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Indian Nations CouncilThe Greatest Show on Earth

Plaster Casting

Learning to cast and finish plaster is a skill that both Cub Scouts and parents will enjoy. When you start a plaster casting project, be sure to cover your table or work area with newspaper. Plaster can be messy and sticks when it hardens.

Discarding leftover plaster is a problem unless you follow some simple rules. Allow dried plaster to soak loose from mixing pan and pour into disposable container. When plaster is dry, throw away. DO NOT POUR DOWN THE SINK DRAIN.

Plaster of Paris comes in bags, 5 pounds or larger. You can purchase it at hardware or paint stores.

Other materials needed are:

¥ Water for mixing

¥ A mixing container

¥ A soap solution or grease to keep molds from sticking

¥ A mold

¥ Newspaper to cover your work area.

Use the type of mold best suited for your project. Commercial molds, made from flexible vinyl or latex, plastic, or plaster are available in many shapes and sizes. For special projects, try improvising your own molds from wood or cardboard, cookie cutters, sand or molding clay.

Prepare your mold to prevent sticking. Use grease or oil for all molds except latex and a soap solution of 1 cup of water and 1 tablespoon of liquid detergent for latex molds.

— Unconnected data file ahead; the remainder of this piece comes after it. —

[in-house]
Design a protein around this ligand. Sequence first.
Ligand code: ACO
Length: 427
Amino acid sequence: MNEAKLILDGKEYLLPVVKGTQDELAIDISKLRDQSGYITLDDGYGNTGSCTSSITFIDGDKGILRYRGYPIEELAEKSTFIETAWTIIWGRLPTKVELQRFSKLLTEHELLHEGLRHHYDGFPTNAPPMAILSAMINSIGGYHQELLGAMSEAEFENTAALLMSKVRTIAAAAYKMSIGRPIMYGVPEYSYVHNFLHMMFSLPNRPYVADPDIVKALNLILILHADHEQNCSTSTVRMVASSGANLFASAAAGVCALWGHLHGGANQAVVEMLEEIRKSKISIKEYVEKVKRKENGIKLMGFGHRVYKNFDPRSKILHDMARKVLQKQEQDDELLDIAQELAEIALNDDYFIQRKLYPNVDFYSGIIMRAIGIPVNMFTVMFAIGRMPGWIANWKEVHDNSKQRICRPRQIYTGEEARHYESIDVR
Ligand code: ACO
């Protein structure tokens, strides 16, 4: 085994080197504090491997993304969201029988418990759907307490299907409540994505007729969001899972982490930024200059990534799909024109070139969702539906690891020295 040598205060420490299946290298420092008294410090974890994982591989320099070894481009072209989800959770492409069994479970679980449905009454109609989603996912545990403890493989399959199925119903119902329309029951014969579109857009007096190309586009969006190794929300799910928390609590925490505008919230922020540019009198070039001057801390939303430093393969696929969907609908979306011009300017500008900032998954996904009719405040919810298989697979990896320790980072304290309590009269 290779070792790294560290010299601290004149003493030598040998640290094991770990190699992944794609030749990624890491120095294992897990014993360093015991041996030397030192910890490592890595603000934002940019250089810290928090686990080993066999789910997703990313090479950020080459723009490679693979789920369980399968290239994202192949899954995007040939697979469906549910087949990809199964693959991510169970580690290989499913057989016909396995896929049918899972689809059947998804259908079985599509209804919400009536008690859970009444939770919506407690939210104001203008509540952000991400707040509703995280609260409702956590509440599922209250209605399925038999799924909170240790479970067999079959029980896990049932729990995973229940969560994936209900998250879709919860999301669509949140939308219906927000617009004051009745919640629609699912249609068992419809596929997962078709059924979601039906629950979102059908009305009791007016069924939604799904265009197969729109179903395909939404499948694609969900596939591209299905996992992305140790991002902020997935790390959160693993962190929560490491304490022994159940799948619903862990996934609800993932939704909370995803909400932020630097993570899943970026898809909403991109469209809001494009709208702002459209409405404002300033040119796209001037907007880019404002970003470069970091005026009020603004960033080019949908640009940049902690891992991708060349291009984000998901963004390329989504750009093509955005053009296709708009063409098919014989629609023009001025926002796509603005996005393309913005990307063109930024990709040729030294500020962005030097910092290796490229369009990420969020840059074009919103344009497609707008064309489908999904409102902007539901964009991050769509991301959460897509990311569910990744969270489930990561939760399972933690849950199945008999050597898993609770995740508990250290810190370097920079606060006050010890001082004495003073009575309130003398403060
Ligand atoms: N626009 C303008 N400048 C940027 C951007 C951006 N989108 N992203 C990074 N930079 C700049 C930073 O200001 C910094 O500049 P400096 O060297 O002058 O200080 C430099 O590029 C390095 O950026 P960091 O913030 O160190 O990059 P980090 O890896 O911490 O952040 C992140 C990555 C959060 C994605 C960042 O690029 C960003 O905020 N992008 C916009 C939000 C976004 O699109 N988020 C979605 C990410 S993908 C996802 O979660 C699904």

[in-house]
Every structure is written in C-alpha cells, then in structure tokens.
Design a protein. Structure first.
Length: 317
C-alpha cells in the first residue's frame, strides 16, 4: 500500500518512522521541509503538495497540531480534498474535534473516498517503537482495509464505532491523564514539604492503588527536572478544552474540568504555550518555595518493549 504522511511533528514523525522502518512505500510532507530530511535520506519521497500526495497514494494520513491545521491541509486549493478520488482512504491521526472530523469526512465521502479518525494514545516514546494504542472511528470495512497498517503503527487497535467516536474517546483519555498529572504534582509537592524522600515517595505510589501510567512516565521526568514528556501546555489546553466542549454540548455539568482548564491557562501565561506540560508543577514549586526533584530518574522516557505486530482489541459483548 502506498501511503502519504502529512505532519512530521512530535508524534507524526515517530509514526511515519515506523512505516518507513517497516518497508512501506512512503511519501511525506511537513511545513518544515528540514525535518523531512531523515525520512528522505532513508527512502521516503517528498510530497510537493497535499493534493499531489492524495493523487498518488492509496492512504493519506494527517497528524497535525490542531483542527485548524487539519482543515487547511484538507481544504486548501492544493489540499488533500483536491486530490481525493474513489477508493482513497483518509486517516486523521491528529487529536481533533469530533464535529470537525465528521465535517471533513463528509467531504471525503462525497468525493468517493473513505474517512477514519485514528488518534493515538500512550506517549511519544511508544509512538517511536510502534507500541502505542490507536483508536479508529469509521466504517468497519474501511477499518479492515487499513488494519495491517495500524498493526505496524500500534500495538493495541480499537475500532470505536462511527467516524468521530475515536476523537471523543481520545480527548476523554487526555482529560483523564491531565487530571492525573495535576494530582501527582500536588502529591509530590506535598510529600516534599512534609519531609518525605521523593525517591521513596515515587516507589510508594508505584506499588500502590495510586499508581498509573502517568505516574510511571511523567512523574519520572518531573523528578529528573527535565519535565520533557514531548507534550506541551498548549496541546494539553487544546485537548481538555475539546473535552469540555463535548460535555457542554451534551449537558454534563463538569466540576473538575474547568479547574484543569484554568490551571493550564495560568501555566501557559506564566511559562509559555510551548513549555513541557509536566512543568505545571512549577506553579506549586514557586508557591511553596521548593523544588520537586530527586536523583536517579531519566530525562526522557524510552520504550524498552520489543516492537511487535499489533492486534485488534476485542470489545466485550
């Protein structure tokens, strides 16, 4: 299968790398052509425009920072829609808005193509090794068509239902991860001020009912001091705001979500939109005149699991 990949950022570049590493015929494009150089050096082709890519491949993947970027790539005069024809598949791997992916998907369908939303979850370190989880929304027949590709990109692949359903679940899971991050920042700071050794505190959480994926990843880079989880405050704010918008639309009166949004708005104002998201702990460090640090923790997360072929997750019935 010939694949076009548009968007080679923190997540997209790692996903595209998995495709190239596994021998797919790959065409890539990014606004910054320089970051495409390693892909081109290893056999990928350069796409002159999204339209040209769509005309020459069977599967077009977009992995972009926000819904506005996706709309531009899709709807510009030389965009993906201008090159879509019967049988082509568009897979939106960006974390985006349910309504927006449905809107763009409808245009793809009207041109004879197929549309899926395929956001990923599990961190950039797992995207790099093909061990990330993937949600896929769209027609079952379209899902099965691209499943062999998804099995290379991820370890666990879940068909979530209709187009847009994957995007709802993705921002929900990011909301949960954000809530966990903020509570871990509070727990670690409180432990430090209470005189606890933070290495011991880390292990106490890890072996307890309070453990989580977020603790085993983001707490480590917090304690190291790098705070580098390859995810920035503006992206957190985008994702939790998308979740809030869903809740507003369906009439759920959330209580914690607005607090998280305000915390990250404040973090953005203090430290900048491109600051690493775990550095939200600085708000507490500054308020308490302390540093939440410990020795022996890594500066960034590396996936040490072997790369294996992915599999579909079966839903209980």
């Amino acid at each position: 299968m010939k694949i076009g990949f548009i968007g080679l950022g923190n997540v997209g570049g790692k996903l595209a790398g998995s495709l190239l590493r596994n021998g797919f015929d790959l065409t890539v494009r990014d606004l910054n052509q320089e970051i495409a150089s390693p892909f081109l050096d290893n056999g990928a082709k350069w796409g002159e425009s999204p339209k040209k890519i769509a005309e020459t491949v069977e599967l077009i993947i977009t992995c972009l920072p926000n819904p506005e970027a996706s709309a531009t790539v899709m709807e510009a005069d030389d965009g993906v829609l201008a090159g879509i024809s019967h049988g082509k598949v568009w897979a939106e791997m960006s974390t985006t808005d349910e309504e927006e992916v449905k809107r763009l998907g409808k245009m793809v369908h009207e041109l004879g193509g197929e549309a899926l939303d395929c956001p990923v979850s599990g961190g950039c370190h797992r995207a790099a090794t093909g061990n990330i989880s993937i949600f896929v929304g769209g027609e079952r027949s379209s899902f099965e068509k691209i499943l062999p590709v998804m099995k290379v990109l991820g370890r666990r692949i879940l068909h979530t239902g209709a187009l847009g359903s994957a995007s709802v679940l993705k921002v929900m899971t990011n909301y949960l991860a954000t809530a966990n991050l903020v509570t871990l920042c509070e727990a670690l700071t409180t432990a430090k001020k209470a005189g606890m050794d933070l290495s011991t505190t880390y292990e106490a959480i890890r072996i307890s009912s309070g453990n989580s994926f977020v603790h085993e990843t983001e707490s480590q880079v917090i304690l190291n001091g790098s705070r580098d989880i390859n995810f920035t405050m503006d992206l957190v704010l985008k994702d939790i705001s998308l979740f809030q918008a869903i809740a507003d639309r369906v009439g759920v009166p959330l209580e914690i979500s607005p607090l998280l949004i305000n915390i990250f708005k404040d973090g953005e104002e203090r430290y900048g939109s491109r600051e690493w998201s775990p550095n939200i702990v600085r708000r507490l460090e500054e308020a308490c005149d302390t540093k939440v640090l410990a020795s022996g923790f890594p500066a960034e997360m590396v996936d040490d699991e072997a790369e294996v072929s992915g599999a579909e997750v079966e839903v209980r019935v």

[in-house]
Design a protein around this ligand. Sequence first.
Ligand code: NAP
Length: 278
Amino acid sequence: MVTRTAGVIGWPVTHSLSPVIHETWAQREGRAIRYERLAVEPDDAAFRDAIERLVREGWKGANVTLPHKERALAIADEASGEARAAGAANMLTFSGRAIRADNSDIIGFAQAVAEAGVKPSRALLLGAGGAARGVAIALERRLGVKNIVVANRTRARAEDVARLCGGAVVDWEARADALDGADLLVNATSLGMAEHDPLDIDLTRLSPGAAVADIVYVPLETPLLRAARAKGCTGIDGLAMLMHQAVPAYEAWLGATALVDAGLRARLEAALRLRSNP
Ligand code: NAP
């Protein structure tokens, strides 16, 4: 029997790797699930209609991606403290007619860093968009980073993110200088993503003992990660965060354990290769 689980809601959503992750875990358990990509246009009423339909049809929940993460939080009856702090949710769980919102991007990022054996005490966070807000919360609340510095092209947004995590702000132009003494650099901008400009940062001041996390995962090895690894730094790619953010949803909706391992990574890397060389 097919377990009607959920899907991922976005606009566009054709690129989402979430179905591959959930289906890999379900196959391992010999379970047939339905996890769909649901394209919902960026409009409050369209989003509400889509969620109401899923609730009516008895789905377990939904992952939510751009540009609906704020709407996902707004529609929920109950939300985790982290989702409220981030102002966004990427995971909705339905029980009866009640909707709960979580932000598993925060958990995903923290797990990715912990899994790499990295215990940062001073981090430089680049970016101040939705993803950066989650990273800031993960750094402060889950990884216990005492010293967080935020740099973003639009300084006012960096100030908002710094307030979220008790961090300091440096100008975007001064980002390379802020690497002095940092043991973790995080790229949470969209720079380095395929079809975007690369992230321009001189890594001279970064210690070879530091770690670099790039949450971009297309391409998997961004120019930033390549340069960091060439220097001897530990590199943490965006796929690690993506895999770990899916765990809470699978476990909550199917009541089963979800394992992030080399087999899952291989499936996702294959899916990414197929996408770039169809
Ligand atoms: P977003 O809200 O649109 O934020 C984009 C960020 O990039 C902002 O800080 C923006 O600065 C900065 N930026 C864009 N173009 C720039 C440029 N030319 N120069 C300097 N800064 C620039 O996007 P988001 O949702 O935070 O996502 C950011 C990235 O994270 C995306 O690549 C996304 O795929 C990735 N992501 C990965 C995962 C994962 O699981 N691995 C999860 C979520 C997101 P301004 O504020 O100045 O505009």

To mix - pour water into container. Use amount equal to size of mold. Sprinkle plaster slowly into water until a peak forms above the surface and allow to sit for 1 minute. Stir gently to avoid air bubbles until plaster resembles heavy cream. Do not mix more plaster than you can use quickly. Plaster hardens in 3 to 5 minutes.

Pour plaster immediately and work it into crevices with a toothpick or old paintbrush. Fill larger molds three-quarters full, flex molds with your hand, fill to top and flex again.

Let plaster stand 15 to 30 minutes for smaller molds. Remove mold. Larger molds take 1 to 2 hours.

Sand rough edges.

To finish, allow to dry completely, from 1 to 3 days. Where air bubbles have formed , scrape gently with a small knife. Make a thin solution of plaster and water and fill in the cavity. After repair hardens, smooth with fine sandpaper.

Decorate with watercolor, tempera, poster paint. Glaze with varnish, lacquer or clear figure glaze. Tint with food coloring.

Making Your Own Mold

Modeling clay is a good base for molds for simple shapes such as neckerchief slides. Press model to be reproduced firmly into clay and remove gently. Oil the clay but do not use a soap solution. Fill with plaster and allow to dry.

Waxed cartons - Do not grease or soap as the wax will serve the purpose. Fill mold with plaster and press a small bottle into plaster to make a depression for an ashtray or a candleholder. Allow large cast to set several hours.

Crayons, Crepepaper, Cardboard, CraftsPage X

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